"Assistant District Attorney Josh Hanshaft holds a photograph of an X-ray showing the pelvic area of a deceased person with PVC plumbing pipe inserted where bones should have been. On the table are pieces of PVC piping illustrating the type of material used."

Sounds like those truth ads may be working:

A survey of successful former smokers suggests that anti-tobacco spots on TV were instrumental in helping them break the habit.

That finding was reported in the American Journal of Preventive Medicine. The former smokers, all from Massachusetts, said that TV ads were a significant help as they struggled to stay smoke free for more than six months.

Why aren't drugs tested on pregnant women? The answer is so obvious, I thought the question was rhetorical:

The U.S. Food and Drug Administration says pharmaceutical companies have not tested drugs on pregnant women for ethical reasons, and especially because they're afraid of being sued if the fetus is harmed.

NY Times - Why doctors get it wrong:

But we still could be doing a lot better. Under the current medical system, doctors, nurses, lab technicians and hospital executives are not actually paid to come up with the right diagnosis. They are paid to perform tests and to do surgery and to dispense drugs.

There is no bonus for curing someone and no penalty for failing, ...

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Officials in Massachusetts are debating whether to ban handouts of formula to new mothers:

Backers of the ban say the formula gifts discourage new mothers from breast-feeding. Formula manufacturers call the ban unnecessary and doubt ending the decades-old custom would lead to a rise in the number of mothers who breast-feed.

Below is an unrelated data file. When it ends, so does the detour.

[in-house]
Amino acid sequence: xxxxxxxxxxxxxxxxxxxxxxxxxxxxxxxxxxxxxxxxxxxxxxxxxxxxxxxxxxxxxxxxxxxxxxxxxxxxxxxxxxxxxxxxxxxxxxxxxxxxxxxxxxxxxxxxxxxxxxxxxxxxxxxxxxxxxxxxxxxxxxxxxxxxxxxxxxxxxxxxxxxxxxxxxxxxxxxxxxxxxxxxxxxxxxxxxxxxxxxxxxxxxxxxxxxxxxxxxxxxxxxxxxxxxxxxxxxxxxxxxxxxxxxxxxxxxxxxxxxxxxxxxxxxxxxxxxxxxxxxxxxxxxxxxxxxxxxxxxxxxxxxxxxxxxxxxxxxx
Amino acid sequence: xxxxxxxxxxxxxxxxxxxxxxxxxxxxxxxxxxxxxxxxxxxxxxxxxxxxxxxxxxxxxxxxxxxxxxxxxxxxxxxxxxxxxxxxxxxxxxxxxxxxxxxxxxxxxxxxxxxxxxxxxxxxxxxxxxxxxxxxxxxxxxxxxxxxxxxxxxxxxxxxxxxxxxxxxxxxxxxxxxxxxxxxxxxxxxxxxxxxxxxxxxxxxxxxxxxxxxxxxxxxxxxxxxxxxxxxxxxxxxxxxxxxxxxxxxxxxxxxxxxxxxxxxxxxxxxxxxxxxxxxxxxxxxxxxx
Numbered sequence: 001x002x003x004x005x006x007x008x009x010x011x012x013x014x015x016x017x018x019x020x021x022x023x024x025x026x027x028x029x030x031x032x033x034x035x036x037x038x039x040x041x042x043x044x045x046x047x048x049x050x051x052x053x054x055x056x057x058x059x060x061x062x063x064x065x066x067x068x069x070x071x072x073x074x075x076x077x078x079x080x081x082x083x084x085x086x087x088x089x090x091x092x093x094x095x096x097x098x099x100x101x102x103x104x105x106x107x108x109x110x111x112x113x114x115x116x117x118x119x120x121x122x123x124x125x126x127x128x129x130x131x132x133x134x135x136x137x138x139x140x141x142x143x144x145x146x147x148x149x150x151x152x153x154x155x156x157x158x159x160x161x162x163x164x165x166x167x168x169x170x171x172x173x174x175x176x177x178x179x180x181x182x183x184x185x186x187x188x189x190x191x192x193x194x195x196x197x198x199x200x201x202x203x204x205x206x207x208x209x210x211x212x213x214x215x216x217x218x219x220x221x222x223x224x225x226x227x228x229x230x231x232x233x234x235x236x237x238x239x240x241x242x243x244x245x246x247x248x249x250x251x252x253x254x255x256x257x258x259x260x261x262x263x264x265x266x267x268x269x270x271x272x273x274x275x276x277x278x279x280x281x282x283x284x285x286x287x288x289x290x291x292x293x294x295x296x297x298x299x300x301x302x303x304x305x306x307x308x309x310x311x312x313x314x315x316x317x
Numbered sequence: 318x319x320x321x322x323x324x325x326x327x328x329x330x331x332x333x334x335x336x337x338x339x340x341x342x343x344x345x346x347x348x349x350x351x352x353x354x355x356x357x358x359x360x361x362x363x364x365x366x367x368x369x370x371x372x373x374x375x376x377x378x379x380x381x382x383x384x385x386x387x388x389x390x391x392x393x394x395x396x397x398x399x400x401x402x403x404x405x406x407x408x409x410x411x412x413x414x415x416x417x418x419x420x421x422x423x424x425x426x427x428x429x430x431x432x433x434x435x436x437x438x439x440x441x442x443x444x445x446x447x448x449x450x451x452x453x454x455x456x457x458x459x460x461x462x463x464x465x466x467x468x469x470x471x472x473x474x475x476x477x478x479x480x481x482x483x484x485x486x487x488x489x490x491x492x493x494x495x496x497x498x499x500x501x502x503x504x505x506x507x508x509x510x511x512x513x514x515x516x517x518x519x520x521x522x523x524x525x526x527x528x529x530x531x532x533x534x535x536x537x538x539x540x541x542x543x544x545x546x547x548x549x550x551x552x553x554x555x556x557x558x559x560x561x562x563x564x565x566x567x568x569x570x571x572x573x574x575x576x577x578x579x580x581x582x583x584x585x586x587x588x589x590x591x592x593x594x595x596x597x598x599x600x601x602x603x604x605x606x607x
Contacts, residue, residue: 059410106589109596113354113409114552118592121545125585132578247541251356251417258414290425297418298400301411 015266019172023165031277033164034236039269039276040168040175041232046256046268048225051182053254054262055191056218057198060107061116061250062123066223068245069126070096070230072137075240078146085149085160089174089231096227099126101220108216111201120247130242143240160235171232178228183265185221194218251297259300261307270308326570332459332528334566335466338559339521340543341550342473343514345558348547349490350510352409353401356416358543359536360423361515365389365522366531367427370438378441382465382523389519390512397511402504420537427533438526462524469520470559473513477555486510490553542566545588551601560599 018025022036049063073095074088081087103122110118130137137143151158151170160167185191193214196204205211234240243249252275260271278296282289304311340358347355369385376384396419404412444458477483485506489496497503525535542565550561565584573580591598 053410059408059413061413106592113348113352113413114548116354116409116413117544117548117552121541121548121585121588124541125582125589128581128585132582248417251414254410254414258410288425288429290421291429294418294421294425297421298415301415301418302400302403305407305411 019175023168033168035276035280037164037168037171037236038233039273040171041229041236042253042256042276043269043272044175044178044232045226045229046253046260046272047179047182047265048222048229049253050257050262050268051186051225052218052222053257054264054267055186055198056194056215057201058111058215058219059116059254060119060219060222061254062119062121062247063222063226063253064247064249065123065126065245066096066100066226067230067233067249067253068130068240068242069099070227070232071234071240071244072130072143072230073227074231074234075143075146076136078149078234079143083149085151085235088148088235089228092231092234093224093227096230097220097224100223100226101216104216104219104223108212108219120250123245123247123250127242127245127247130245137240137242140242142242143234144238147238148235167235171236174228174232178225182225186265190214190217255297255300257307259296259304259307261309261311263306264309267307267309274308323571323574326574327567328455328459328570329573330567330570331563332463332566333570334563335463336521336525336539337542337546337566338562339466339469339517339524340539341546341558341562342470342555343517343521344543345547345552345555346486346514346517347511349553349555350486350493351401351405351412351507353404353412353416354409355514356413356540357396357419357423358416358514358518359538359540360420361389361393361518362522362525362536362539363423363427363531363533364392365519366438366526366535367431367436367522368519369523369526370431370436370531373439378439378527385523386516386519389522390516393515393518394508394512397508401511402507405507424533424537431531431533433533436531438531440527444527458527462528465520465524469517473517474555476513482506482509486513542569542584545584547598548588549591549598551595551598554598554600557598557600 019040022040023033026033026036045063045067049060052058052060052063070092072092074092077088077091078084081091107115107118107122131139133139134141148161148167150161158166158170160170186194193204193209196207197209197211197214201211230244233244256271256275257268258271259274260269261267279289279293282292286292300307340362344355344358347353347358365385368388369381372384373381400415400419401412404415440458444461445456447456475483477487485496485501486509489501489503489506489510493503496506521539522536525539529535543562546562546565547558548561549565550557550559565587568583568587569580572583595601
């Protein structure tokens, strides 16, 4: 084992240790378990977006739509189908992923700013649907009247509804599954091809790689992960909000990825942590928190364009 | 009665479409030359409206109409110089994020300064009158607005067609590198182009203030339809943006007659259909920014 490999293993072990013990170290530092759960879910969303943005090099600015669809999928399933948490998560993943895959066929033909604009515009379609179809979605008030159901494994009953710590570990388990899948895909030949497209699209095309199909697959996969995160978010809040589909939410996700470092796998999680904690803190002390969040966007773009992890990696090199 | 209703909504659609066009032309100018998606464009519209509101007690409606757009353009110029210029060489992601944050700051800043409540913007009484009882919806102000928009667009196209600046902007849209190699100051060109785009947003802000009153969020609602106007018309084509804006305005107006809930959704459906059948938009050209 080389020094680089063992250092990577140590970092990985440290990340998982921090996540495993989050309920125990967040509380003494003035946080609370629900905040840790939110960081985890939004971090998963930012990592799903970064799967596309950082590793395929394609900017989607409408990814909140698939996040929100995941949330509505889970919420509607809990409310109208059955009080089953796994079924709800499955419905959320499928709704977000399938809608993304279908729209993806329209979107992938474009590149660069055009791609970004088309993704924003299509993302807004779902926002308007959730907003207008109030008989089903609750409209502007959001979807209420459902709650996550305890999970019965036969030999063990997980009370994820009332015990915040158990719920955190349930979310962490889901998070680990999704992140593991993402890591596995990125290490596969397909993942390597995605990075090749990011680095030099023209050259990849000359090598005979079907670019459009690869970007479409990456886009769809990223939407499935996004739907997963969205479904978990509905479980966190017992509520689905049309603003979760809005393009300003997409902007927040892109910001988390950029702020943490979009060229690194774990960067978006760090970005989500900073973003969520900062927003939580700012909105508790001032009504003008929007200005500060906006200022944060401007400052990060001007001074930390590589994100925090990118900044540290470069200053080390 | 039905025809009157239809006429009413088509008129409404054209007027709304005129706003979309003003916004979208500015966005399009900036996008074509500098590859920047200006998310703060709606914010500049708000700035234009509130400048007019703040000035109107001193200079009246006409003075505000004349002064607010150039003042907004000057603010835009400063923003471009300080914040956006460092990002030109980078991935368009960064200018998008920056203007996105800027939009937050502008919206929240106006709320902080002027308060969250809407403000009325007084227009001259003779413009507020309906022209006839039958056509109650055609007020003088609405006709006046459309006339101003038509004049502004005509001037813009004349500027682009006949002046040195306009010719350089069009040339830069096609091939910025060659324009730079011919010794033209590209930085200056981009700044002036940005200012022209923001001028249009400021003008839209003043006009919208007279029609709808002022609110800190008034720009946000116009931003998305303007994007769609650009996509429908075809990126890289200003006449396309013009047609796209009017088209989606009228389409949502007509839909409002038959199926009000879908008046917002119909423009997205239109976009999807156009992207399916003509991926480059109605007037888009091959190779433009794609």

Romney, who is weighing a bid for the White House in 2008, said mothers know what's best ...

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The VIGOR authors to the NEJM - "Bite me":

The letters come two months after the editors of The New England Journal of Medicine published their first "expression of concern" about the November 2000 article, sharply criticizing Merck "” and, implicitly, the outside scientists who were co-authors "” for failing to present a complete picture of Vioxx's heart risks.

In their letter yesterday, the outside scientists strongly disagreed. ...

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More supplements wilt in the face of evidence. This time it's glucosamine and chondroitin sulfate for mild osteoarthritis:

Two hot-selling supplements used by millions of Americans, including President Bush, are of little help to most people with mild arthritis, concludes a large government study that is part of an effort to scrutinize unregulated health remedies.

For most arthritis patients with aching knees, the two supplements sold in ...

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Medtees.com: T-Shirts that empower patients with illnesses. Interesting site I read about recently in AMNews.



Washington's governor is being kudoed for brokering compromise. "There is more to do on malpractice, patient safety and doctor transparency, but this a strong beginning. Gregoire's hard-nosed negotiating skills prove once again to be one of her most successful leadership traits."